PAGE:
Dutch Land Registry Implements Blockchains and AI in National Property Market
On May 31st, The Netherlands’ Land Registry (Kadaster) gave a huge thumbs up for blockchains, as reported by the Dutch tech news portal “Computable”. The Kadaster is going on board with the implementation of blockchain technology and Artificial Intelligence (AI) in the national real estate market.
The Netherlands has a 200-year tradition of being up-to-date with the latest technological developments. Another part of this long history is keeping a reliable and accurate Land Registry system. So far, this core system has continuously been improving since the 19th century, and the improvement trend is still predominant.
The benefits of using blockchains for the Kadaster
Land Registry architect Koen Huisstede explained that the agency was trying to understand and adapt the practical application (legal, technical and managerial) of blockchain’s distributed platform on the Dutch property structure.
Furthermore, Huisstede pointed out that they are looking towards Kataster Blockchain solutions to create a more “flexible and agile organization and processes.” The agency’s primary task is to provide fast, reliable, and accurate data. Often this data is related to property, mortgage, and all other external information from parties associated with the real estate industry. Koen Huisstede predicts that their first functional blockchain platform can be launched within three years.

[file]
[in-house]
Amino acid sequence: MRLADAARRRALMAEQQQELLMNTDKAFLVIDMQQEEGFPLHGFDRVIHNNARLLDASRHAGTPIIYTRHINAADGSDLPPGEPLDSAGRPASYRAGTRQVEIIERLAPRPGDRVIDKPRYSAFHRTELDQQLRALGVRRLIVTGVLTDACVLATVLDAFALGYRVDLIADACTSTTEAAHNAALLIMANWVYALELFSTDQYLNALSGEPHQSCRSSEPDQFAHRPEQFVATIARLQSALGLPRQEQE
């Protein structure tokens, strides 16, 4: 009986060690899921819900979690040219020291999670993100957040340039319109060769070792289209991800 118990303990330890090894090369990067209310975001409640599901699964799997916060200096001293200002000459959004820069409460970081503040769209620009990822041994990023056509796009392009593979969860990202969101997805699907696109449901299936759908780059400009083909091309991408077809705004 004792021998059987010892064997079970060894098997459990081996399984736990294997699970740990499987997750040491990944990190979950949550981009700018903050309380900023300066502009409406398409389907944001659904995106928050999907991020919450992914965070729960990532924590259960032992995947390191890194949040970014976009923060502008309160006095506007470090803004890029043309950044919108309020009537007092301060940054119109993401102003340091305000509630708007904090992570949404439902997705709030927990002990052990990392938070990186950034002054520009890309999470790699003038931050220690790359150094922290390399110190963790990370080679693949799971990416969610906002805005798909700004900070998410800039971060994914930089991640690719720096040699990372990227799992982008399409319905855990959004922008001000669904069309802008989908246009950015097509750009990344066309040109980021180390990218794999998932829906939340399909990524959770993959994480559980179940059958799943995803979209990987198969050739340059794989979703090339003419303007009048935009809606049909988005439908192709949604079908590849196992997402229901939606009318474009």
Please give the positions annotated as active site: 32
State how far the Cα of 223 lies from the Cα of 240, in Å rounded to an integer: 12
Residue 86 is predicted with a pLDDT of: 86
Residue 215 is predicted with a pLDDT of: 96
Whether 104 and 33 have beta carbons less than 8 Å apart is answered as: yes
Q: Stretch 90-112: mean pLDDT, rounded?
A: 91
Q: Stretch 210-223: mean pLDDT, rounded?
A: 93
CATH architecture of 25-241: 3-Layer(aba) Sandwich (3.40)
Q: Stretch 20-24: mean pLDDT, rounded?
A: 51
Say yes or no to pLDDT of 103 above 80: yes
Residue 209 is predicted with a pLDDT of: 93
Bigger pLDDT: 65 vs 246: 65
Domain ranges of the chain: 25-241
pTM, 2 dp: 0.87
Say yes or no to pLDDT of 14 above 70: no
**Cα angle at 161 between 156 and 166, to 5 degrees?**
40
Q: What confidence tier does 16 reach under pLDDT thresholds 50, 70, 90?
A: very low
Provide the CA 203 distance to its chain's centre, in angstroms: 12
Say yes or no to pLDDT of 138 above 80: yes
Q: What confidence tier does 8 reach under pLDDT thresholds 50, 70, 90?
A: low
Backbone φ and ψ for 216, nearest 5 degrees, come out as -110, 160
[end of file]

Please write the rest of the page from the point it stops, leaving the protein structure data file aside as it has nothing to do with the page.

In addition to fintech solutions, the Dutch Land Registry also turned to the incorporation of AI with the goal of setting up “cognitive systems to make predictable models” to see how blockchains and AI can operate in the national property scope. Holland’s Ministry of Economic Affairs and Climate Policy initiated a national blockchain research project with a special unit in charge of recognizing possible application of ledger technology in the Netherlands.
The initiative is part of the Dutch Government’s program “Blockchain Pilots.” This program is being conducted in cooperation with the United Nations Office for Project Services (UNOPS). The goals are to perform thorough research on the legal potential of blockchain technology and the technology’s economic impact. The entire program includes thirteen pilot projects whose research results will be published in September during an event held in New York, probably in the UN headquarters.
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